2. The Tigray war
As I read Naol’s arguments blaming Abiy for the Tigray war and the accompanying humanitarian disaster, I wondered if he had remained faithful to his call as a theologian. Theological views are supposed to distance themselves from sentimental judgments and group influence as much as possible. Objectivity, balance, and truth are supposed to be their guiding principles.
As a theologian, Naol’s task is therefore to admonish both sides equally for their failures. Instead, Naol refers to a personal truth that appeals solely to pro-TPLF elements. Rather than explaining facts from an impartial point of view, Naol piles accusations without reservation on Abiy and Eritrea’s President, Isaias Afwerki, but downplays the TPLF’s role in exacerbating the crisis. In doing so, his article falls short of the truth in the theological sense.
3. Violence and authoritarian tendency
The author upped the ante and went on to accuse Abiy – in a rather shocking manner, based on a wildly exaggerated implication of a statement made by Abiy – of saying that he “would rather sacrifice many people than give up [his] position.”
In the video Naol cited, Abiy was saying that Ethiopia will continue to exist despite sacrifices being made. Nowhere has Abiy said that he will keep his power by the sacrifice of others or anything of that nature. Naol is putting words in Abiy’s mouth, and this is not expected from a theologian.
After pouring so much lavish praise on Abiy for initially opening up the political space, Naol then jumps to the conclusion that there is currently no space for peaceful political activity in Ethiopia.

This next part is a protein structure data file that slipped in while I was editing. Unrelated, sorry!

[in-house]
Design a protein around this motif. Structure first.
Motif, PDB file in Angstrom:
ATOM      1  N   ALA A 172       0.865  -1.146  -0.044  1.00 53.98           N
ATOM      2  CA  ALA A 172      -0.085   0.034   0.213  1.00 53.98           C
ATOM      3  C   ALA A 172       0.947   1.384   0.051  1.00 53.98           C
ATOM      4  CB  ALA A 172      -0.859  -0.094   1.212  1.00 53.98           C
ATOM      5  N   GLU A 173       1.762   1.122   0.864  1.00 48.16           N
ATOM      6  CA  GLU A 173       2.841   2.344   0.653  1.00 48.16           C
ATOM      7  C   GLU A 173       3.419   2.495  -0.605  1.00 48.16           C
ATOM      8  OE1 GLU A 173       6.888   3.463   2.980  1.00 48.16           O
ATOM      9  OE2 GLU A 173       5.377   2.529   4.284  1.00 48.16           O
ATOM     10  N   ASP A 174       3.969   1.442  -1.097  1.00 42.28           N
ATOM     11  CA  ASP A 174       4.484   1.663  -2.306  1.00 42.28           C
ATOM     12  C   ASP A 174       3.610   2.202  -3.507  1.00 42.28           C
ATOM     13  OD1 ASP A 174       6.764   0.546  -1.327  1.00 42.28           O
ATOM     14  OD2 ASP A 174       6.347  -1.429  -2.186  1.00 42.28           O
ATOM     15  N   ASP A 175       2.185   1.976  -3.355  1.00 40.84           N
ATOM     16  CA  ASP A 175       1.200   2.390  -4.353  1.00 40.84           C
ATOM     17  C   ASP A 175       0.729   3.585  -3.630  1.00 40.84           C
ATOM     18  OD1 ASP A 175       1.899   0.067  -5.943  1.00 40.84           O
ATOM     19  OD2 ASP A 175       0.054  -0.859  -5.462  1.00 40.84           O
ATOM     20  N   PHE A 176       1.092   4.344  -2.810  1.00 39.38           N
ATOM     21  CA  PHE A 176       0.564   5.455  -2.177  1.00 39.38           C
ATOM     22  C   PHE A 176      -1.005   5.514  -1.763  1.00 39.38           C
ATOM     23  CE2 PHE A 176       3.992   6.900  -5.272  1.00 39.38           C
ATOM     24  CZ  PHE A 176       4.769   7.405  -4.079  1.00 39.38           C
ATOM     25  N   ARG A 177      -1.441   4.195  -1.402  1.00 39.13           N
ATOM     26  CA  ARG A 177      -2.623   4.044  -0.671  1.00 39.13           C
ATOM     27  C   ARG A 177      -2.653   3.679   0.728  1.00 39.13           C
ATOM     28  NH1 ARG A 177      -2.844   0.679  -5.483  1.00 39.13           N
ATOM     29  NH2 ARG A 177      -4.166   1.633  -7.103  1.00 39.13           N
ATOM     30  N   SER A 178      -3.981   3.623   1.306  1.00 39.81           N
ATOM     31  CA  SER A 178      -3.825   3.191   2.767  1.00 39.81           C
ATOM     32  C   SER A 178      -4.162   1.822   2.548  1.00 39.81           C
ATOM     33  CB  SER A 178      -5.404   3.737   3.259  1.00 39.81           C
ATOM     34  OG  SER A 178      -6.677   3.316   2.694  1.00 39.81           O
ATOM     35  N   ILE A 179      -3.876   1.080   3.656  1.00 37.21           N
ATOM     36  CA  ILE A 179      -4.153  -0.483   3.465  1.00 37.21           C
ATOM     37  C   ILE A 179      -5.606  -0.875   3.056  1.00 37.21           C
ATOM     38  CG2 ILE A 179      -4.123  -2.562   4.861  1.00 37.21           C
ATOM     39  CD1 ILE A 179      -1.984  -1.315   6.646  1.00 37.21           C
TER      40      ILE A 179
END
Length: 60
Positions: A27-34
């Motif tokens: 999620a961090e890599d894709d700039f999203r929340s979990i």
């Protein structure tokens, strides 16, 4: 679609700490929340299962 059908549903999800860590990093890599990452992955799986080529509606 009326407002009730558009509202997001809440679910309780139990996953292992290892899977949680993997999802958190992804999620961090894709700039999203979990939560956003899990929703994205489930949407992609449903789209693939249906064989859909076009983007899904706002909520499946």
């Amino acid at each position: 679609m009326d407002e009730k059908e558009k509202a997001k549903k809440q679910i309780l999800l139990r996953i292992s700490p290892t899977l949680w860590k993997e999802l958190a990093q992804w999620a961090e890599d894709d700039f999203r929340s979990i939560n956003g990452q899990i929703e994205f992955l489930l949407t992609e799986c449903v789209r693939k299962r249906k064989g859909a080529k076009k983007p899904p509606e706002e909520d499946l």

Naol fails to recognise that the problem in Ethiopia was not so much a shrinking political space as an overstretched political space. After Abiy came to power, Ethiopians were permitted to exercise more democratic rights than had been the case under the EPRDF. Speeches that amounted to hate speech or incitement were tolerated lest it would affect the nascent exercise of democracy. This was seen, for example, during the months leading up to the assassination of artist Hachalu Hundessa.
Accusing Abiy of narrowing political space is disingenuous, if not cynical. The Oromo Liberation Army (OLA) decided to remain in the bush as soon as Abiy expanded the political space in Ethiopia, while the TPLF started to beat the war drums way before 4 November, allegedly sponsoring conflicts and ethnic violence in different parts of the country. I believe that Naol has enough information on those matters, and he seems to have chosen to conceal these key facts.
Furthermore, Naol accuses the Prime Minister of forcing the youth to join armed groups, arguing that Abiy left them bereft of opportunity for peaceful political contestation.
As controversial as the claim is, if the theologian Naol thinks that it was his moral duty to ask Abiy to step down for forcing the youth in Oromia to “go to the jungle” – a conclusion he reached by making weak causal links – why not criticise the TPLF in the same manner for the strong allegations of child soldier recruitment. Which one is, morally speaking, more appalling?
4. Rejecting peace
Naol states that Abiy has failed to advocate for national consensus. He writes that “advocating for national consensus has become synonymous with challenging for [Abiy’s] position.”